peopleShow most recent or highest rated first. Common beliefs in this section include:
- Euthanasia is youth in Asia
- If you don't hold your breath as you pass a cemetery you will die or become possessed.
- People killed in films or on TV die in real life.
When I was 5 or 6, I believed that my sisters and I would die in the order that we were born. When I would get into an argument with my older sister, I would tell her "You are going to die 3 years before me" to "tick" her off. I, also, had a younger sister. So when I got into an argument with her, I realized I was screwed because I was going to die 2 years before her. At the time, it sounded "logical" to me.
My Great Aunt Louise died when I was about four years old, and it was my first funeral.
A few hours before the wake, my older siblings began explaining to me that a wake was a pagen ritual (we are Catholic, as was my Aunt) in which we would cut off the head of a chicken, drink the blood, dance around a fire in the nude, and "WAKE" the person from the dead.
Needless to say, I stuck close to my mother that entire night.
I used to believe that dead people at their funeral had their legs chopped off because they were covered with the casket.
I used to believe that when you died your tounge stuck out and you put your hands across your chest, oryou held flowers. When my brother and I would fake death when we played that's what we did.
i used to believe that when i was in funeral the person in the casket was just asleep for a while
When I was around 5 or 6, I saw part of some police procedural tv movie, and the victim had died from a "blow to the back of the head". For at least a year or two afterwards, I thought that if someone blew on the back of your head, you could die. It affected me enough that I could not fall asleep on my side, with the back of my head exposed.
I once believed that when people died it was because the sandman had put too much sand in their eyes and they just couldn't wake up.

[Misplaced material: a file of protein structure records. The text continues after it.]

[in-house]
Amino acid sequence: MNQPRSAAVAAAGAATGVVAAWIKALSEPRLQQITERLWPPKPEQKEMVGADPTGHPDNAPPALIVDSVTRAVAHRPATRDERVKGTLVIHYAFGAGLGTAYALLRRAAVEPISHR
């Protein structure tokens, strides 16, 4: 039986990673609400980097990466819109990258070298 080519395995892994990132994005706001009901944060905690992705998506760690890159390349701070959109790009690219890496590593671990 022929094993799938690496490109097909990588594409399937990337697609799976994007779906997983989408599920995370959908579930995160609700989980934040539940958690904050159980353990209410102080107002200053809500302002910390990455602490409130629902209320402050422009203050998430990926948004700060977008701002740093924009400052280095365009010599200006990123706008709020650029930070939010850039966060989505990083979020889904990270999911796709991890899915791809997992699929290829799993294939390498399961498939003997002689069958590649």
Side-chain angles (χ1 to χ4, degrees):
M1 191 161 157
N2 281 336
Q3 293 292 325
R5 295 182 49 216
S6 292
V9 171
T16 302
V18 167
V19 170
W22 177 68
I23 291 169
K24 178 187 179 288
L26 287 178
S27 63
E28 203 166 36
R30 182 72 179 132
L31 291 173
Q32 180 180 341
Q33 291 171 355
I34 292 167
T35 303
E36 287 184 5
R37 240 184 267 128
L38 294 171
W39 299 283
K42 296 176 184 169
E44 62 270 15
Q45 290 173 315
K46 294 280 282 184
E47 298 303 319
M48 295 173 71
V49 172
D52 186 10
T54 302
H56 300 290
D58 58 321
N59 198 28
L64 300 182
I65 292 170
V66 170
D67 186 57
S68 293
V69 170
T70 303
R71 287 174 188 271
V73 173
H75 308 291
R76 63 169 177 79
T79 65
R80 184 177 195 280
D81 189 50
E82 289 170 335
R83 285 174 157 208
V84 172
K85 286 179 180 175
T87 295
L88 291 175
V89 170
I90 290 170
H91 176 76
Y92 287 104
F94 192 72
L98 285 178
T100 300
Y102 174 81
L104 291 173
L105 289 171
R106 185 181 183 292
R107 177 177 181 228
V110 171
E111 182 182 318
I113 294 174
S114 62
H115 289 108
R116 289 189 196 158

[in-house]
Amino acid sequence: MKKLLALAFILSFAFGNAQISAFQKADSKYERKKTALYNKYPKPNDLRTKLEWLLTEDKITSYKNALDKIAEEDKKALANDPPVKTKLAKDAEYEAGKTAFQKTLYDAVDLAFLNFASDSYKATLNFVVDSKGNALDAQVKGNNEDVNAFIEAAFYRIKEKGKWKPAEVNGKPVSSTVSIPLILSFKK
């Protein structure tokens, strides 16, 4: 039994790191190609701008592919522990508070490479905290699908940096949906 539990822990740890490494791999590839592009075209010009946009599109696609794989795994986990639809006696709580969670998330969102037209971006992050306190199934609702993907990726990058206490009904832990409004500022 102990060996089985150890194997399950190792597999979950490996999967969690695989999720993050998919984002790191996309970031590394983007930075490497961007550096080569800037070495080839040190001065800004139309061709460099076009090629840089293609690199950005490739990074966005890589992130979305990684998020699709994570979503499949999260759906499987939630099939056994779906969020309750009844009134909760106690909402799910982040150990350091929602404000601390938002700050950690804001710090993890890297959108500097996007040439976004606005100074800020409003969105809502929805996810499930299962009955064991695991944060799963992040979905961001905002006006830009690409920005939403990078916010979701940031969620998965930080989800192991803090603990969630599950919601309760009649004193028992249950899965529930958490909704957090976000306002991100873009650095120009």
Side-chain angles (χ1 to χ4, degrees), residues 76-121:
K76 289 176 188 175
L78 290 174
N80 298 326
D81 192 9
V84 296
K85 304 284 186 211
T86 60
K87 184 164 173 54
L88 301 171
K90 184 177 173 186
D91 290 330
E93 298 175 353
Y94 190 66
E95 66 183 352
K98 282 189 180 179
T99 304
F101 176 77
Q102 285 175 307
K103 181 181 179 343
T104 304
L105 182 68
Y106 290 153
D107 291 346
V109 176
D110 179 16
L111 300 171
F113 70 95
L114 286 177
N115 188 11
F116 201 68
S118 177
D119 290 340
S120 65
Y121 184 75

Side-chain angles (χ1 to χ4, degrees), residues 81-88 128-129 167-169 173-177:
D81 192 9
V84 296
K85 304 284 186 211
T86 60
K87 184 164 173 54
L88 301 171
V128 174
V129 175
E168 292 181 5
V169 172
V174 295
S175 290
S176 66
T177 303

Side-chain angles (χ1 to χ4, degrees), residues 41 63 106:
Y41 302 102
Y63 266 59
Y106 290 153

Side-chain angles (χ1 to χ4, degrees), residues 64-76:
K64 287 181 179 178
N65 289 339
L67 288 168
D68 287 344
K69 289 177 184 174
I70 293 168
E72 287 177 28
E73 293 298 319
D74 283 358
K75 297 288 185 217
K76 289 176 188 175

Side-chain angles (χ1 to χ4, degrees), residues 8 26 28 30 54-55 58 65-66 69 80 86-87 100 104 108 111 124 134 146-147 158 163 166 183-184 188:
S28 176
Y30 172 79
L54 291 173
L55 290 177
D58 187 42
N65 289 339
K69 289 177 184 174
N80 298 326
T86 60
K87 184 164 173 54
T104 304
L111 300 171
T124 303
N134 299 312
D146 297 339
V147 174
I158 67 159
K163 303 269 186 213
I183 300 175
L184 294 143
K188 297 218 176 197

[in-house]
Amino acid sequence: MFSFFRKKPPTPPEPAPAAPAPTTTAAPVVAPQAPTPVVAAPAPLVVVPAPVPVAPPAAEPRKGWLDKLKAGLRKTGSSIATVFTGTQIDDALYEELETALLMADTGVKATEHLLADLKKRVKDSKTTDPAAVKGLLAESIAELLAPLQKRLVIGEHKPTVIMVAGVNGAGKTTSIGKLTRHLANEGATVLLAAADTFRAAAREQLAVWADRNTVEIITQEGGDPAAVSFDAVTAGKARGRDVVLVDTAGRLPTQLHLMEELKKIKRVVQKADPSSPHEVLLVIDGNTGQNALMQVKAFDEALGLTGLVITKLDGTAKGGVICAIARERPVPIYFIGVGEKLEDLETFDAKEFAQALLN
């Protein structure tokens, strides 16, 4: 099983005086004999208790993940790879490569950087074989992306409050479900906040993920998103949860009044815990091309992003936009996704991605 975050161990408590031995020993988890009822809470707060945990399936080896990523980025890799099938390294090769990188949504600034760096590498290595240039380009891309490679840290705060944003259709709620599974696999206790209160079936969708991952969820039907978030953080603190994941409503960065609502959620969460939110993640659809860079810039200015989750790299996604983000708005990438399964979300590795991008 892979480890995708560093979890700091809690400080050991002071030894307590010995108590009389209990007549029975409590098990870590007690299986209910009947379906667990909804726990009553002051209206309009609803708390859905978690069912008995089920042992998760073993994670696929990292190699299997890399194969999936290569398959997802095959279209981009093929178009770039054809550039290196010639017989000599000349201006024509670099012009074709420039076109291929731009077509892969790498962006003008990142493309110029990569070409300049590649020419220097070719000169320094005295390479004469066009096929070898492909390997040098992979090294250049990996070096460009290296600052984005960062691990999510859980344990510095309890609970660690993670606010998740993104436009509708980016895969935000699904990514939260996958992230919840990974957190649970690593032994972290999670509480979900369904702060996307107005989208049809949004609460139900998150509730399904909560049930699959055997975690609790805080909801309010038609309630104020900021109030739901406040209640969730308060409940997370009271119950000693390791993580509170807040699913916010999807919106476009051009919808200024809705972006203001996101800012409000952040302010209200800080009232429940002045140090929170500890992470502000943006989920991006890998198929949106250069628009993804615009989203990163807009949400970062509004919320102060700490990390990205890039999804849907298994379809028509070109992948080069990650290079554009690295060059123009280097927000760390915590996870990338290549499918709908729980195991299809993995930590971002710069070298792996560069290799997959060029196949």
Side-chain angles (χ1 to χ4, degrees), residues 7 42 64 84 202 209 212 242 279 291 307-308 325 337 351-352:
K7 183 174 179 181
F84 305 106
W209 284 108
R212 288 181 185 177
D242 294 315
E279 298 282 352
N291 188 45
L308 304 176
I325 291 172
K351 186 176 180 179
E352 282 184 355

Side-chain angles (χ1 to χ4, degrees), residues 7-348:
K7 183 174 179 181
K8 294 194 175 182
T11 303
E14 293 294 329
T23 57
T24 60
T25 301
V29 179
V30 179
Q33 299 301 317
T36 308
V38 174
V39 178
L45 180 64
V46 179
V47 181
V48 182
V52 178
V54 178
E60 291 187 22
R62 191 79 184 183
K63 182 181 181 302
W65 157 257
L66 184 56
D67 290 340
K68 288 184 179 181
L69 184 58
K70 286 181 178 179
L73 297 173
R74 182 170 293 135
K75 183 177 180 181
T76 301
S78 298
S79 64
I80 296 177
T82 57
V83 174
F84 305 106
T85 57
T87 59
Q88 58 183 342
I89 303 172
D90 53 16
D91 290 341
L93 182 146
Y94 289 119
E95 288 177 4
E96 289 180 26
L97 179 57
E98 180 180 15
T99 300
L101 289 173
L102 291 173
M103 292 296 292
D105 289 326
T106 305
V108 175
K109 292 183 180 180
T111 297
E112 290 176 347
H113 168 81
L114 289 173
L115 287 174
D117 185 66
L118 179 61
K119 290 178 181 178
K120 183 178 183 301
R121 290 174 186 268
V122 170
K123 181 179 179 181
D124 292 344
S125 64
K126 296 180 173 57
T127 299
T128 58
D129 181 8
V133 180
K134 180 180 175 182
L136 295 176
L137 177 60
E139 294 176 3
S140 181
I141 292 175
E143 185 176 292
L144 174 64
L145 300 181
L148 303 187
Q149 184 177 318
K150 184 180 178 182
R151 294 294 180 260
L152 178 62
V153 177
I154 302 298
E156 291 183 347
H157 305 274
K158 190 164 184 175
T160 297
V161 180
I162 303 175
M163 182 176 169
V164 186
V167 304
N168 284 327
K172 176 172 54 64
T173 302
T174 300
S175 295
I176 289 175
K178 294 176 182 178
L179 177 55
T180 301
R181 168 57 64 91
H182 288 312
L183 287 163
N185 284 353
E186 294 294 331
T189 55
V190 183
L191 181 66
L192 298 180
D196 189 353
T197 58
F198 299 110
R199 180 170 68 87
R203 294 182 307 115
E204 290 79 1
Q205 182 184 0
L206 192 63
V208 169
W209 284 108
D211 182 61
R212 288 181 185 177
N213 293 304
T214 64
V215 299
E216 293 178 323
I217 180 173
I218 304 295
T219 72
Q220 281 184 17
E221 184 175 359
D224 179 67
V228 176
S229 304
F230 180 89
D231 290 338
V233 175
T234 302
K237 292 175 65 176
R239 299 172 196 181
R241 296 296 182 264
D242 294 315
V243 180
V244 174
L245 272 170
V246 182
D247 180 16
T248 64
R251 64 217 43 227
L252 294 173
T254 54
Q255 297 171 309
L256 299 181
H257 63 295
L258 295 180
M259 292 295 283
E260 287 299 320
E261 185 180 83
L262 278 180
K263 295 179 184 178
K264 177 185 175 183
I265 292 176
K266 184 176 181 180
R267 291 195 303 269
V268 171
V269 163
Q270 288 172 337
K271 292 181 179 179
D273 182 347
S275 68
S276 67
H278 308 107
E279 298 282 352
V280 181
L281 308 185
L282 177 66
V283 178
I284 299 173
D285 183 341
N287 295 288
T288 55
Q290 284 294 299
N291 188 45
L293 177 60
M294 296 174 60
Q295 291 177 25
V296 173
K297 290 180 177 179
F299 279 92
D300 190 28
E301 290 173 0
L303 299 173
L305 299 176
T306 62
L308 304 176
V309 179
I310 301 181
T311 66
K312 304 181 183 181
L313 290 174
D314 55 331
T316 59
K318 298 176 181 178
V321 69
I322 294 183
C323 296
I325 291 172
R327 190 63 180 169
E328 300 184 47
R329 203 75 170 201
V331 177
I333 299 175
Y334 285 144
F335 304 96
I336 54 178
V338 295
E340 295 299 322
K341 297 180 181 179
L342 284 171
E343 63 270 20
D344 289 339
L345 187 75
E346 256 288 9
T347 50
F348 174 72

I used to have a cat and my parents put a flea collar on the cat. When I asked what it did my mom told me it was posion and any flea that touched it would died. She also told me if I touched it I would get posion on my hands and I must wash them right away. Being a child, I knew posion meant death and, not wanting to die, I spent many years of my life running to a sink after petting my cat so I wouldn't be posioned.
I used to believe that when you died, it had to be on your birthday or on a day close to your birthday.
I have a brother who is about three years younger than I. When I was about five, he fell down and skinned his knee, and continued crying very loudly for a long time.
I turned to my mother and said, "Oh, I hope he doesn't suffer so much we have to shoot him."
I guess I thought the practice of putting animals out of their misery applied to humans as well.
I used to believe that the dark spots on sidewalks were the remains of people who had been struck by lightning. I tried very hard to avoid stepping on those spots when walking down the street.
my nephew used to believe that when people died, they just needed new batteries.
I used to believe that the orange and white barrels filled with sand on exit ramps were to cover up dead bodies and soak up the blood from the road after automobile accidents.
I grew up in the 60's and I truly believed that hiding under my school desk would stop the atomic bomb from hurting me. Wow what a kid will believe when taught by adults of whom they believed to know it all. The bomb never came however; I do not look for a desk anymore when I hear a bomb is possible...Who knows maybe that school desk could have saved me........:-)
I used to believe that death is state of being dead. But it's a state of suffering before going to be dead.
When the rays of sunlight shown through the clouds and it hit the ground, I used to think that the sunlight was an escalator for dead people to go to heaven.
I used to believe that people were dead in graveyards because those huge stone (gravestones) had fallen on them.
Poison. How it works: it tastes so bad that you istantly die of fright. Hmmm.
When I was about 4 or 5 in midwest USA, I understood life events to be something like
6 yo - get to go to school
10 yo - I made it to ten years old - no tornadoes killed me
13 yo - can have girlfriend and children if I want to
18 yo - get drafted and go to Vietnam
19-20 yo - die in Vietnam
That was pretty much the "life schedule" I thought I was required to work from. TV news at the time was certainly responsible for the last two steps - the news black-out we have today with Iraq in the US is not better though! I value my uneasiness with war.
i belive if you're at a funeral home and the dead person's eyes were open they would find someone to take with them